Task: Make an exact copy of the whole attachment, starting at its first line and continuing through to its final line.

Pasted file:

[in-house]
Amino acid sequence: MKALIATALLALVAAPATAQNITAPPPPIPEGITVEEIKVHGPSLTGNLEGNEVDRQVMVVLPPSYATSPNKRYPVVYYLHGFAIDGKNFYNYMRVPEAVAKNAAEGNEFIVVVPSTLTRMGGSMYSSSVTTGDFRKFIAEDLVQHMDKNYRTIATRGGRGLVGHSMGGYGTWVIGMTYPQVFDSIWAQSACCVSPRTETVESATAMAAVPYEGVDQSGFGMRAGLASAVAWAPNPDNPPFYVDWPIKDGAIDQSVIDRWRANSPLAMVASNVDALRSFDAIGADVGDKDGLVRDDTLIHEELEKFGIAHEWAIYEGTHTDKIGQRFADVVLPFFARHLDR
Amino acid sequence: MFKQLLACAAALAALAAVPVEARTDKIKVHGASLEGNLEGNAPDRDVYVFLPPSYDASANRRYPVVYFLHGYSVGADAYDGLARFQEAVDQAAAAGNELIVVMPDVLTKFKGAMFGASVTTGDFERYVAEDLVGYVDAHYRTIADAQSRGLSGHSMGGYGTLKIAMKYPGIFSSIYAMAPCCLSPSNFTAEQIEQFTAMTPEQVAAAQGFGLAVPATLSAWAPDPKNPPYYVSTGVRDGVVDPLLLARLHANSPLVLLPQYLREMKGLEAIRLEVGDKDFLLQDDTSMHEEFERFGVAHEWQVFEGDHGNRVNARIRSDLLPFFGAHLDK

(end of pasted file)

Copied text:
[in-house]
Amino acid sequence: MKALIATALLALVAAPATAQNITAPPPPIPEGITVEEIKVHGPSLTGNLEGNEVDRQVMVVLPPSYATSPNKRYPVVYYLHGFAIDGKNFYNYMRVPEAVAKNAAEGNEFIVVVPSTLTRMGGSMYSSSVTTGDFRKFIAEDLVQHMDKNYRTIATRGGRGLVGHSMGGYGTWVIGMTYPQVFDSIWAQSACCVSPRTETVESATAMAAVPYEGVDQSGFGMRAGLASAVAWAPNPDNPPFYVDWPIKDGAIDQSVIDRWRANSPLAMVASNVDALRSFDAIGADVGDKDGLVRDDTLIHEELEKFGIAHEWAIYEGTHTDKIGQRFADVVLPFFARHLDR
Amino acid sequence: MFKQLLACAAALAALAAVPVEARTDKIKVHGASLEGNLEGNAPDRDVYVFLPPSYDASANRRYPVVYFLHGYSVGADAYDGLARFQEAVDQAAAAGNELIVVMPDVLTKFKGAMFGASVTTGDFERYVAEDLVGYVDAHYRTIADAQSRGLSGHSMGGYGTLKIAMKYPGIFSSIYAMAPCCLSPSNFTAEQIEQFTAMTPEQVAAAQGFGLAVPATLSAWAPDPKNPPYYVSTGVRDGVVDPLLLARLHANSPLVLLPQYLREMKGLEAIRLEVGDKDFLLQDDTSMHEEFERFGVAHEWQVFEGDHGNRVNARIRSDLLPFFGAHLDK